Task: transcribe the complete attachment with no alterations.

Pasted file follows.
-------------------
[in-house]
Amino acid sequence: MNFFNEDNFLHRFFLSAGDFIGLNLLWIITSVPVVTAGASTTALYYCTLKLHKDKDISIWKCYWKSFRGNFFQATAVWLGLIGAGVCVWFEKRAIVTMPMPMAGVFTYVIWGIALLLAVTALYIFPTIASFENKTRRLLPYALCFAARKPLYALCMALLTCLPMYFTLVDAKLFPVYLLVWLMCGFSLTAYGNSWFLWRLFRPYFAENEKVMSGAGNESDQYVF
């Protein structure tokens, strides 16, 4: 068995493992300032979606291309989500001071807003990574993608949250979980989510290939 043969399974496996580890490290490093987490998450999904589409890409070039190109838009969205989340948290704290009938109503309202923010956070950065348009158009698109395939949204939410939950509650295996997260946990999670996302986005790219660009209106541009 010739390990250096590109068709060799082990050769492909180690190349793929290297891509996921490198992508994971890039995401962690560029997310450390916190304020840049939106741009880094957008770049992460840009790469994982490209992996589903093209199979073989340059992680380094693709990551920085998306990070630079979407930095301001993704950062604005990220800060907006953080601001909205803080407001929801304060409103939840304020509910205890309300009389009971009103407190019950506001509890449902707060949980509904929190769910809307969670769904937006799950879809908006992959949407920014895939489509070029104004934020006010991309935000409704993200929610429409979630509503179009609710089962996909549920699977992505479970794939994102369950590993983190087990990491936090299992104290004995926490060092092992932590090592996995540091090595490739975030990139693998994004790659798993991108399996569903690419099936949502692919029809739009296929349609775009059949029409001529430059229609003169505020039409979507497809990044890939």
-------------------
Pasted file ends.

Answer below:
[in-house]
Amino acid sequence: MNFFNEDNFLHRFFLSAGDFIGLNLLWIITSVPVVTAGASTTALYYCTLKLHKDKDISIWKCYWKSFRGNFFQATAVWLGLIGAGVCVWFEKRAIVTMPMPMAGVFTYVIWGIALLLAVTALYIFPTIASFENKTRRLLPYALCFAARKPLYALCMALLTCLPMYFTLVDAKLFPVYLLVWLMCGFSLTAYGNSWFLWRLFRPYFAENEKVMSGAGNESDQYVF
């Protein structure tokens, strides 16, 4: 068995493992300032979606291309989500001071807003990574993608949250979980989510290939 043969399974496996580890490290490093987490998450999904589409890409070039190109838009969205989340948290704290009938109503309202923010956070950065348009158009698109395939949204939410939950509650295996997260946990999670996302986005790219660009209106541009 010739390990250096590109068709060799082990050769492909180690190349793929290297891509996921490198992508994971890039995401962690560029997310450390916190304020840049939106741009880094957008770049992460840009790469994982490209992996589903093209199979073989340059992680380094693709990551920085998306990070630079979407930095301001993704950062604005990220800060907006953080601001909205803080407001929801304060409103939840304020509910205890309300009389009971009103407190019950506001509890449902707060949980509904929190769910809307969670769904937006799950879809908006992959949407920014895939489509070029104004934020006010991309935000409704993200929610429409979630509503179009609710089962996909549920699977992505479970794939994102369950590993983190087990990491936090299992104290004995926490060092092992932590090592996995540091090595490739975030990139693998994004790659798993991108399996569903690419099936949502692919029809739009296929349609775009059949029409001529430059229609003169505020039409979507497809990044890939």